[0028] As explained above, in this embodiment, the receiver device can generate the initialization vector independently of the originating device. Therefore, in this embodiment, the initialization vector cannot simply be a random number, since two separate devices cannot reproduce the same result independently. To address this concern, in one embodiment, the initialization vector includes a temporal parameter associated with the connection.

[0029] This parameter can be the time associated with the start of the connection, the time associated with some control message used to set up the connection, or some other time parameter. In one embodiment, this temporal parameter is the absolute frame number of the random access stream request burst sent by the user terminal—the burst used to request a connection from the base station. Since the absolute frame number never repeats during the life of the master secret, such a parameter does not result in two identical connection secrets.

[0030] In one embodiment, the initialization vector includes an air interface parameter. This parameter can be the slot number of a TDMA system in which the connection is established, the frequency band of an FDMA system in which the connection is established, the spreading code of a CDMA system for the connection, a combination of the above, or some other parameter related to the air interface on which the connection is established. In one embodiment, where numbers identifies channels, the channel ID can be included in the initialization vector. While it is possible that the same air-interface parameter is used more than once during the life of the master secret, forcing a different parameter, or including other non-duplicative parameters—such as absolute frame number—in the initialization vector can guarantee that two identical initialization vectors are not used during the life of one master secret.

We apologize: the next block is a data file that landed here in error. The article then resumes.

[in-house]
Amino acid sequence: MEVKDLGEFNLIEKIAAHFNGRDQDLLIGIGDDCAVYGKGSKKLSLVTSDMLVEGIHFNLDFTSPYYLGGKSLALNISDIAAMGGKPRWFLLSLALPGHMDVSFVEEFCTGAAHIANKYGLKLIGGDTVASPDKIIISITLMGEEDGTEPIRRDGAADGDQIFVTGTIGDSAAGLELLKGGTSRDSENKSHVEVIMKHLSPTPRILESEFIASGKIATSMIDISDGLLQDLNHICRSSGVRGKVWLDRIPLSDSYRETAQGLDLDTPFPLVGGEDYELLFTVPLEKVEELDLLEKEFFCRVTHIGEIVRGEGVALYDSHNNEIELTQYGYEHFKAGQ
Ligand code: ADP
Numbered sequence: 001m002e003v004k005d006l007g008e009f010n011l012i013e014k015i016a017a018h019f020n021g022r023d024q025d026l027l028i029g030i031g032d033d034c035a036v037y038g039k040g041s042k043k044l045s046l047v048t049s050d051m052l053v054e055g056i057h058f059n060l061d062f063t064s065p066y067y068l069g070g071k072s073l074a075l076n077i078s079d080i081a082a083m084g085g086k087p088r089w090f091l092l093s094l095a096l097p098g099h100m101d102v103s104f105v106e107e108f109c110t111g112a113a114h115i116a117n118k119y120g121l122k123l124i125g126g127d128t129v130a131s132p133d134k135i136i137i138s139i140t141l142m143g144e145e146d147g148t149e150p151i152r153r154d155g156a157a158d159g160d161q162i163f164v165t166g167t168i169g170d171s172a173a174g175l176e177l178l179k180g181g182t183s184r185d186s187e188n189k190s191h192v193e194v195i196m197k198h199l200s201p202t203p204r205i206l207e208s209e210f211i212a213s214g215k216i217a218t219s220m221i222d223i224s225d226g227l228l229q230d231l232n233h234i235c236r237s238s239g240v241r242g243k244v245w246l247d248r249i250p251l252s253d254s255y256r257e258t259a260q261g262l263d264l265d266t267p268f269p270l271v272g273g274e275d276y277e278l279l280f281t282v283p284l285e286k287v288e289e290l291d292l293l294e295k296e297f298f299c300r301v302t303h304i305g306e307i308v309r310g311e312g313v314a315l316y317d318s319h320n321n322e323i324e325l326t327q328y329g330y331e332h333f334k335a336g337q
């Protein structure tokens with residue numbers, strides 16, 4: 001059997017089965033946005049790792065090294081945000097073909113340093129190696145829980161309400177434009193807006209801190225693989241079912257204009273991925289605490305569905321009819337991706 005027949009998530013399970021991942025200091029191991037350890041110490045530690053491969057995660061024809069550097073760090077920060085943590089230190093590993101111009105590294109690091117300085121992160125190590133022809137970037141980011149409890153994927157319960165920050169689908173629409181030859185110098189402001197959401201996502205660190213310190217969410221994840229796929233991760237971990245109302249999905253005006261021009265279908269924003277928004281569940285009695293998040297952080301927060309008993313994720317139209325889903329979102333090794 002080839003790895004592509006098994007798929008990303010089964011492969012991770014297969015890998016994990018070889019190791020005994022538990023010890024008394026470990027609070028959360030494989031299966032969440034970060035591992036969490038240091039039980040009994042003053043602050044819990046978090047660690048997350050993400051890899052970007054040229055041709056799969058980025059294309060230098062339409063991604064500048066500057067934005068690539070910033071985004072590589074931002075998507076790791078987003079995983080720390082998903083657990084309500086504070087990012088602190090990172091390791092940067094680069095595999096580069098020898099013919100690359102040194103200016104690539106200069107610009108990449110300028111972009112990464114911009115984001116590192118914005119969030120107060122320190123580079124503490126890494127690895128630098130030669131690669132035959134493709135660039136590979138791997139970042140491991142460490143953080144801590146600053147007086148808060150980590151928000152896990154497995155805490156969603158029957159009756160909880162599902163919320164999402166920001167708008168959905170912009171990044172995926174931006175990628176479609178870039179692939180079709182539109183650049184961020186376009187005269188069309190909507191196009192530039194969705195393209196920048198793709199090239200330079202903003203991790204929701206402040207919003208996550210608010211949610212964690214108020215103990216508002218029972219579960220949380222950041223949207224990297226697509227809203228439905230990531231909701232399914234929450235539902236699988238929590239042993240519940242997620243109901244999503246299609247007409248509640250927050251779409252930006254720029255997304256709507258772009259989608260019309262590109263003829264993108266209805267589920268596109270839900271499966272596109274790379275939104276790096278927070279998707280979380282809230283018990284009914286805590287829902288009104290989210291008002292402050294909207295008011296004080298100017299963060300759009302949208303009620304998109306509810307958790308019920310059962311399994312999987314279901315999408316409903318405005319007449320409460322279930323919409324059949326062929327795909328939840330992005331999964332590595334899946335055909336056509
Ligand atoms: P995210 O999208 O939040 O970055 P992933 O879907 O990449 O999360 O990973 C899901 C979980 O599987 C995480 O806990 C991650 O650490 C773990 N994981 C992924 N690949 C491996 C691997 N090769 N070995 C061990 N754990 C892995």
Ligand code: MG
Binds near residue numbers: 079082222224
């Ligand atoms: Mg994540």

[0031] One property of the parameters described above, which can be included in the initialization vector, is that both user terminal and base station—originating and receiving device—can independently generate the initialization vector. Since the initialization vector does not need to be transmitted, no additional key or vector exchange is necessary. Thus, after the master secret is exchanged, no additional overhead is necessary to generate connection secrets outside of performing the connection secret generating function with the master secret and the initialization vector. By having such an implicit initialization vector, overhead is reduced and security is increased because attackers cannot intercept the initialization vector that is not transmitted.

[0032] There are various functions that can be used to generate a connection secret from a master secret and an initialization vector. For example, the function can interleave the master secret bits and the initialization vector bits, and concatenate the result to produce the connection secret. In another embodiment, instead of concatenating the result of the interleaving, the function can produce a constant bit number hash of the result to produce the connection secret. Such a hash function can be a cryptographically secure hash such as the MD5, the SHA-1 or some other known hash function. There are numerous other functions of the master secret and initialization vector that can be used.